"As a gay man, I’ve al­ways been in­ter­ested in de­sire and iden­tity pol­i­tics. Since go­ing through art school, I’ve been look­ing at my own iden­tity and the way in which we be­come all of these things we be­come."

The artist has been back to visit his one-time home in the heart of South Amer­ica twice, with the most re­cent trip last year re­sult­ing in the cre­ation of a new work called Rosario. He had not planned to cre­ate the short video, which me­an­ders through a neigh­bour­hood hous­ing com­plex, but the lo­cale was so in­spir­ing that he felt he had no choice. “What struck me most was this re­ally bizarre mix of dif­fer­ent things ex­pressed in every­day life: there’s a strong Catholi­cism, es­pe­cially with the older gen­er­a­tions, but also strong in­dige­nous be­liefs, and Western val­ues and sym­bols,” Alex re­calls. “They’re all kind of spliced to­gether and mixed in every­day life, so vis­ually it’s quite a feast.” Home again, the artist con­tin­ues to ex­am­ine the Bo­livia-in­spired themes in his com­mis­sion work, but with an an­tipodean twist. He says that he’s in­ter­ested in ex­plor­ing a “new kind of emerg­ing Latin queer iden­tity” within the Western con­text of home. “I’m think­ing about im­mi­gra­tion, Latin com­mu­ni­ties liv­ing here, and what life looks like through that lens.” As well as work des­tined for art gal­leries, Alex has re­cently started to cre­ate longer video pieces — short films en­tered in the film fes­ti­val cir­cuit. His first, The Lur­ing, was re­leased last year and deals with themes of de­sire and iso­la­tion through a three-part nar­ra­tive based on char­ac­ter mono­logues. The film was se­lected for the Barcelona In­ter­na­tional Film Fes­ti­val, Venice Film Week,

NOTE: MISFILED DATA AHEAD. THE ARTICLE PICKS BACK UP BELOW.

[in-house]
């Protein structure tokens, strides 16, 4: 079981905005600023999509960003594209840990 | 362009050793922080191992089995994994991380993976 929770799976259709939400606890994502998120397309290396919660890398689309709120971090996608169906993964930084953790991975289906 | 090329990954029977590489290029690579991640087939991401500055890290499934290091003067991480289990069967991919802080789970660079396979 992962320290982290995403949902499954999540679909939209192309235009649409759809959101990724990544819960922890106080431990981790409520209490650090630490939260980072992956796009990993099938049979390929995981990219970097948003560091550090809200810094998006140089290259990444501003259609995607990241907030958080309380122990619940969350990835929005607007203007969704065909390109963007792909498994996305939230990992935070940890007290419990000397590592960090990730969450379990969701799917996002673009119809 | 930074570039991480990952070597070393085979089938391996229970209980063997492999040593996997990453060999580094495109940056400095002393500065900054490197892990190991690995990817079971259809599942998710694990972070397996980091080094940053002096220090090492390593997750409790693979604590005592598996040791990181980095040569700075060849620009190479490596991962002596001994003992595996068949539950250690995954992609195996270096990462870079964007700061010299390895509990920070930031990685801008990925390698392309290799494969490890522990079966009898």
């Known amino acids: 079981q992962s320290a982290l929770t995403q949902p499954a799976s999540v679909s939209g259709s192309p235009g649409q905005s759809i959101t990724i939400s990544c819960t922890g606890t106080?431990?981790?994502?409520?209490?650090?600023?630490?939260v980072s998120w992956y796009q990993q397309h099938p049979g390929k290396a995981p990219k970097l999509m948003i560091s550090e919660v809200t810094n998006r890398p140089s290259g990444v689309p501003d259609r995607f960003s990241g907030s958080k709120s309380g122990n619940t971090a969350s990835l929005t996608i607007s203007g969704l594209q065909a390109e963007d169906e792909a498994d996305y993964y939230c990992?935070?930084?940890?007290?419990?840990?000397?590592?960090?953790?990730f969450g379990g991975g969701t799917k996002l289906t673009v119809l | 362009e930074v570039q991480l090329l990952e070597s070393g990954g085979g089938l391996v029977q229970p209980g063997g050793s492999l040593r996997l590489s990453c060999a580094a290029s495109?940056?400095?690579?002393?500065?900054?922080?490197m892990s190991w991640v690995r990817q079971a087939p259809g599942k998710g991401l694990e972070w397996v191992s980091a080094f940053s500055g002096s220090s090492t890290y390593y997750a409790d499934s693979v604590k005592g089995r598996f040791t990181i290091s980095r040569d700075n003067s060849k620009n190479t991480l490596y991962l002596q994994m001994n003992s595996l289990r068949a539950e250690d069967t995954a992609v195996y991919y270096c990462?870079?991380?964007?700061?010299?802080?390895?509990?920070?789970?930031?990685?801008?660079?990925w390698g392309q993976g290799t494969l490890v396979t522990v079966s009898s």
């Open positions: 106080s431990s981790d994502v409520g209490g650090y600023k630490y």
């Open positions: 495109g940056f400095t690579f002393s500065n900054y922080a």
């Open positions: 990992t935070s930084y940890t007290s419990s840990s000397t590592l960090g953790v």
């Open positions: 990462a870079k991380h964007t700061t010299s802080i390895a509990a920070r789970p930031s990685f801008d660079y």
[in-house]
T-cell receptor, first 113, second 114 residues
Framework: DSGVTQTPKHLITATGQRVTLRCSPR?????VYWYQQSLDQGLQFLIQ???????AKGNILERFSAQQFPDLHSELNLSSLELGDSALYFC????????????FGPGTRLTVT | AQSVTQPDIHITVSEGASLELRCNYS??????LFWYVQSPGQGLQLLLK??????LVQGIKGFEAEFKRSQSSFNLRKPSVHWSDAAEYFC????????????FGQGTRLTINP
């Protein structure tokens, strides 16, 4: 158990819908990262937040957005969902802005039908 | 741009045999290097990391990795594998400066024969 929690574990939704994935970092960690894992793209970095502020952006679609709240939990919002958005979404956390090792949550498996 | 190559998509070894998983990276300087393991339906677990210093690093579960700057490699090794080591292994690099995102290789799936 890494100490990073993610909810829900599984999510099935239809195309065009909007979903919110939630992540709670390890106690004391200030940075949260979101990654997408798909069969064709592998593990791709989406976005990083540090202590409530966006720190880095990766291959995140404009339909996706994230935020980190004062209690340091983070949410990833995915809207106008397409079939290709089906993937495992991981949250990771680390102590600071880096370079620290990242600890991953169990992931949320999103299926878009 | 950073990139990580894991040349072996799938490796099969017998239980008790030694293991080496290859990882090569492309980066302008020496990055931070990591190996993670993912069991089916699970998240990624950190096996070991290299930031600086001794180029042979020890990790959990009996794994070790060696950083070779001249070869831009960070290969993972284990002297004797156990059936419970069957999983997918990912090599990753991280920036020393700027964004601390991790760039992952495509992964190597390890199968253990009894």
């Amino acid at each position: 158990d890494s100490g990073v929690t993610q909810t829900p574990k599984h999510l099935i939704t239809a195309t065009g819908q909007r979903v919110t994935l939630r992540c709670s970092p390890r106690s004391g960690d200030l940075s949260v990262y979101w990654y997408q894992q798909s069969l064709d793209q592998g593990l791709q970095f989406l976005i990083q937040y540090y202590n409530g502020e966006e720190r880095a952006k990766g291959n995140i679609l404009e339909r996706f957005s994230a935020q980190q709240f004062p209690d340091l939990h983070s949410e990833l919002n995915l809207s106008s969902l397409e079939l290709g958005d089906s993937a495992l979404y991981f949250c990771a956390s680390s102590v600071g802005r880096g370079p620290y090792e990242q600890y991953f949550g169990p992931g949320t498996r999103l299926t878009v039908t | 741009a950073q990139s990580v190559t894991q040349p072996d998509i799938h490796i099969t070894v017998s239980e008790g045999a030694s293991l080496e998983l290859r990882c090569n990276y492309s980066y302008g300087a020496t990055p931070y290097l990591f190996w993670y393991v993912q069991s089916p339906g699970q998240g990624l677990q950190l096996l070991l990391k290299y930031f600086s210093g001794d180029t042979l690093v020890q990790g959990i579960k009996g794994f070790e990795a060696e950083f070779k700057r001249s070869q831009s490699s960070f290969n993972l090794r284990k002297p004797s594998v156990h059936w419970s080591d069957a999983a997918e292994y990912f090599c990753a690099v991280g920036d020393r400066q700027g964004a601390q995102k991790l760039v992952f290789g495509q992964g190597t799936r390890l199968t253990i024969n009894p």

Aes­thet­ica Short Film Fes­ti­val, New York Lift-Off Film Fes­ti­val, and the Auck­land In­ter­na­tional Film Fes­ti­val (in which it was awarded Best Ex­per­i­men­tal Film). Not one to rest on his lau­rels, the artist has spent six months putting to­gether his next short film, Golden Boy, which will also go out to fes­ti­vals, as well as work­ing on his new com­mis­sion work. The ex­hi­bi­tion for the Auck­land Fes­ti­val of Pho­tog­ra­phy, to be shown in the im­pres­sive Silo Park on Auck­land’s wa­ter­front, will be the big­gest public ex­hi­bi­tion of his work to date — an op­por­tu­nity that he’s look­ing to ex­pand into ex­hibit­ing over­seas, and per­haps a long-yearned-for res­i­dency. “I’m yet to do one,” he says with a chuckle. “I think if I don’t get one I’m just go­ing to make my own: go some­where and make work.” The un­veil­ing of Alex’s new work for the Auck­land Fes­ti­val of Pho­tog­ra­phy’s An­nual Com­mis­sion takes place at 6pm on Thurs­day, May 31 at Silo Park in Auck­land’s Wyn­yard Quar­ter. The ex­hi­bi­tion will run from May 31 to June 19, visit pho­tog­ra­phyfes­ti­ for more de­tails.